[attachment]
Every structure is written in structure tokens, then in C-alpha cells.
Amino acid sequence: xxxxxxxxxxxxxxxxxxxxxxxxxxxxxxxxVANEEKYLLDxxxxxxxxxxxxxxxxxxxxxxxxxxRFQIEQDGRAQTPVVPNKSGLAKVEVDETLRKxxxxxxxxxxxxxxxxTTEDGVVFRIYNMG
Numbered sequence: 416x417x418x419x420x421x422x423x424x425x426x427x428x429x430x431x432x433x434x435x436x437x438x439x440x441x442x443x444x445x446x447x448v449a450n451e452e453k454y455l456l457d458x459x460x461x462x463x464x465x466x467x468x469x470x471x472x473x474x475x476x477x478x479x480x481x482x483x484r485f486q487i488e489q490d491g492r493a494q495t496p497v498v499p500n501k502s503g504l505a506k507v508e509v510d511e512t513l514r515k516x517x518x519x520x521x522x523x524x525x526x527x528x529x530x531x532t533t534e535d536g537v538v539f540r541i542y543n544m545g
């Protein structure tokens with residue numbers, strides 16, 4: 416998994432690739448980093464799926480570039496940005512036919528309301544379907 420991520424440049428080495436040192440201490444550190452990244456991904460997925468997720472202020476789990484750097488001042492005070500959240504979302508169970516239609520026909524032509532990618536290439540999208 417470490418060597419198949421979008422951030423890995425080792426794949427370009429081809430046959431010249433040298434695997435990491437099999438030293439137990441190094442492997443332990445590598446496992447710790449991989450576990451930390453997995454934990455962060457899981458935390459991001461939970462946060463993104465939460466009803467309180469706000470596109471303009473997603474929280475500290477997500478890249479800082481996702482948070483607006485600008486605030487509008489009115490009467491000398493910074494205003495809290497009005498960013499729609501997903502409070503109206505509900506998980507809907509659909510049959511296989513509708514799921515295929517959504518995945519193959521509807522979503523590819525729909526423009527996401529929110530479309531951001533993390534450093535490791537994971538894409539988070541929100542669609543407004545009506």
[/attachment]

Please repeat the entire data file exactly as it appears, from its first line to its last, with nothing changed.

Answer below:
Every structure is written in structure tokens, then in C-alpha cells.
Amino acid sequence: xxxxxxxxxxxxxxxxxxxxxxxxxxxxxxxxVANEEKYLLDxxxxxxxxxxxxxxxxxxxxxxxxxxRFQIEQDGRAQTPVVPNKSGLAKVEVDETLRKxxxxxxxxxxxxxxxxTTEDGVVFRIYNMG
Numbered sequence: 416x417x418x419x420x421x422x423x424x425x426x427x428x429x430x431x432x433x434x435x436x437x438x439x440x441x442x443x444x445x446x447x448v449a450n451e452e453k454y455l456l457d458x459x460x461x462x463x464x465x466x467x468x469x470x471x472x473x474x475x476x477x478x479x480x481x482x483x484r485f486q487i488e489q490d491g492r493a494q495t496p497v498v499p500n501k502s503g504l505a506k507v508e509v510d511e512t513l514r515k516x517x518x519x520x521x522x523x524x525x526x527x528x529x530x531x532t533t534e535d536g537v538v539f540r541i542y543n544m545g
């Protein structure tokens with residue numbers, strides 16, 4: 416998994432690739448980093464799926480570039496940005512036919528309301544379907 420991520424440049428080495436040192440201490444550190452990244456991904460997925468997720472202020476789990484750097488001042492005070500959240504979302508169970516239609520026909524032509532990618536290439540999208 417470490418060597419198949421979008422951030423890995425080792426794949427370009429081809430046959431010249433040298434695997435990491437099999438030293439137990441190094442492997443332990445590598446496992447710790449991989450576990451930390453997995454934990455962060457899981458935390459991001461939970462946060463993104465939460466009803467309180469706000470596109471303009473997603474929280475500290477997500478890249479800082481996702482948070483607006485600008486605030487509008489009115490009467491000398493910074494205003495809290497009005498960013499729609501997903502409070503109206505509900506998980507809907509659909510049959511296989513509708514799921515295929517959504518995945519193959521509807522979503523590819525729909526423009527996401529929110530479309531951001533993390534450093535490791537994971538894409539988070541929100542669609543407004545009506």